FAULTY - the two worst TOS remastering mistakes

Discussion in 'Star Trek - Original Series' started by Mister Atoz, Jan 25, 2013.

  1. Pauln6

    Pauln6 Rear Admiral Rear Admiral

    Joined:
    Jul 24, 2009
    Location:
    Bristol, United Kingdom
    I can live without the enhanced special effect, I'd just want to digitally add Grace Lee Whitney's head to all those nameless yeomen that served Kirk coffee and PADDS in seasons 2 & 3. :techman:
     
  2. Melakon

    Melakon Admiral Admiral

    Joined:
    Nov 22, 2012
    Location:
    Melakon's grave
    This was the angle I was thinking of. I couldn't find it at Memory Alpha as they seem to be replacing a lot of the original studio model shots with remastered versions.

    [​IMG]

    And damn it, photobucket will only let me get the url for the thumbnail, I uploaded a 500-something by 480. The larger version when displayed puts it in that stupid scroll frame and I get a javascript void url instead.
     
    Last edited: Jan 27, 2013
  3. Jonas Grumby

    Jonas Grumby Vice Admiral Admiral

    Joined:
    Jan 24, 2002
    Location:
    Somewhere in the South Pacific
    It certainly is! There is something seriously wrong with that saucer in the second, especially the saucer rim.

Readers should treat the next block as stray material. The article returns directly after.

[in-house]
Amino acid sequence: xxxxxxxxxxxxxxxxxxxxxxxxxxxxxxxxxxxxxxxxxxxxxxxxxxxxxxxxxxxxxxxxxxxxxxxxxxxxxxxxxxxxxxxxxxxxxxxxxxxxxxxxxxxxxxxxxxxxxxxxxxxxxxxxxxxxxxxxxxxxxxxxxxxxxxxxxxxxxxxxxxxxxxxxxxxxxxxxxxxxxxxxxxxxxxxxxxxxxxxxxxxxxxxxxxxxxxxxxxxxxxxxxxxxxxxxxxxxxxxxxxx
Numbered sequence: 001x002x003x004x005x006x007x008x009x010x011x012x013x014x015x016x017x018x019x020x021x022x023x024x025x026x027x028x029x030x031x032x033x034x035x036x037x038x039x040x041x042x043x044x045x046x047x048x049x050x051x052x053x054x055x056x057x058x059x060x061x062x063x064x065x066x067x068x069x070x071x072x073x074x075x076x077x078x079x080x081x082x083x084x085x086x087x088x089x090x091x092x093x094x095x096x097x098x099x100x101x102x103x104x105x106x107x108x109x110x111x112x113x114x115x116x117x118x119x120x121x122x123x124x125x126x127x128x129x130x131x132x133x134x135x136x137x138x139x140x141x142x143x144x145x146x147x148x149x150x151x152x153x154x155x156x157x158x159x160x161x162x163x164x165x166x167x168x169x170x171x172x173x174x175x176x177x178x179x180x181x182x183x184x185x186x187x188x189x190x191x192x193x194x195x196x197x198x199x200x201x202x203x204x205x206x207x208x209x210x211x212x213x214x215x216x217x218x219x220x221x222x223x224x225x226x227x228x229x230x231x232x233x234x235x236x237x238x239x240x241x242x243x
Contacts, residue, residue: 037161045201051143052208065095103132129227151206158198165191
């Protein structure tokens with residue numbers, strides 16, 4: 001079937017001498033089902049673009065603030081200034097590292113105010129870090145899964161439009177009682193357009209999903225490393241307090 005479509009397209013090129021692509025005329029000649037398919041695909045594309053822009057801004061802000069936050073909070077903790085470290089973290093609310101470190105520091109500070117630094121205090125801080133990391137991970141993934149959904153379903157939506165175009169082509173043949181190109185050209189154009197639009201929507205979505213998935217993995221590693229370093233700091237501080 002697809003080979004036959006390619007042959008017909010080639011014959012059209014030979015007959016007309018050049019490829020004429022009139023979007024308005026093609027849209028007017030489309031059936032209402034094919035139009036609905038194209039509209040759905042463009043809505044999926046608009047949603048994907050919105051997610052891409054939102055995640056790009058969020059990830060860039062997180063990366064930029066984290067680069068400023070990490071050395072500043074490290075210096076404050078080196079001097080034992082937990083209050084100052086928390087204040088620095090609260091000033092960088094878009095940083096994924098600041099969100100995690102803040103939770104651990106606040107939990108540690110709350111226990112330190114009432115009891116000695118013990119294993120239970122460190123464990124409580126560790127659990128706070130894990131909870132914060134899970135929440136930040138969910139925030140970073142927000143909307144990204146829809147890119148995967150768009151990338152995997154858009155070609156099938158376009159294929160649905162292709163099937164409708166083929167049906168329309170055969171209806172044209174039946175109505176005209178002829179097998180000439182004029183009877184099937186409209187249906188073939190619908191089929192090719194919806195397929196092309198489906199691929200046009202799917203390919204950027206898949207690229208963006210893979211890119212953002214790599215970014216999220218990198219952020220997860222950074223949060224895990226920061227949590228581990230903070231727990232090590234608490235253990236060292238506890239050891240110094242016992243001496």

4. Warped9

    Warped9 Admiral Admiral

    Joined:
    Aug 3, 2003
    Location:
    Brockville, Ontario, Canada
    I've always loved this sequence seen rarely. The ship comes right at you and really conveys a sense of size and mass. Love it! :techman:

    [​IMG]
     
  5. Robert Comsol

    Robert Comsol Commodore Commodore

    Joined:
    Sep 10, 2012
    Location:
    USS Berlin
    Yes, it looks most unusual. But so do the glossy reflections that make the hull look like it's made of plastic and you wonder where the light comes from (in contrast the illumination of the original shot is diffuse - made me never wonder about the light source and contributed to the illusion of just being there).

    Sometimes "less" actually yields "more" but try telling this to the CGI artists.

    Bob
     
  6. Metryq

    Metryq Fleet Captain Fleet Captain

    Joined:
    Jan 23, 2013
    I'm glad this hasn't turned into a general "I hate all CGI effects" grouch-fest. And I've heard many people make exactly that statement. Yet I can guarantee that hundreds of CGI and digitally composited effects have slipped under their radars, and they never knew it.

    I like many of the new digital effects for TOS, especially the "scene extensions" (aka "matte paintings"). I just don't like most of them in context because they don't match the rest of the show. And there's more to matching up the new work with the old than a "noise" or faux film grain filter.

    Many artists have made an effort to "grunge" up their textures and apply other weathering to their renderings. This helps greatly in minimizing the ultra-clean look that CGI is notorious for. But one can still go another step further.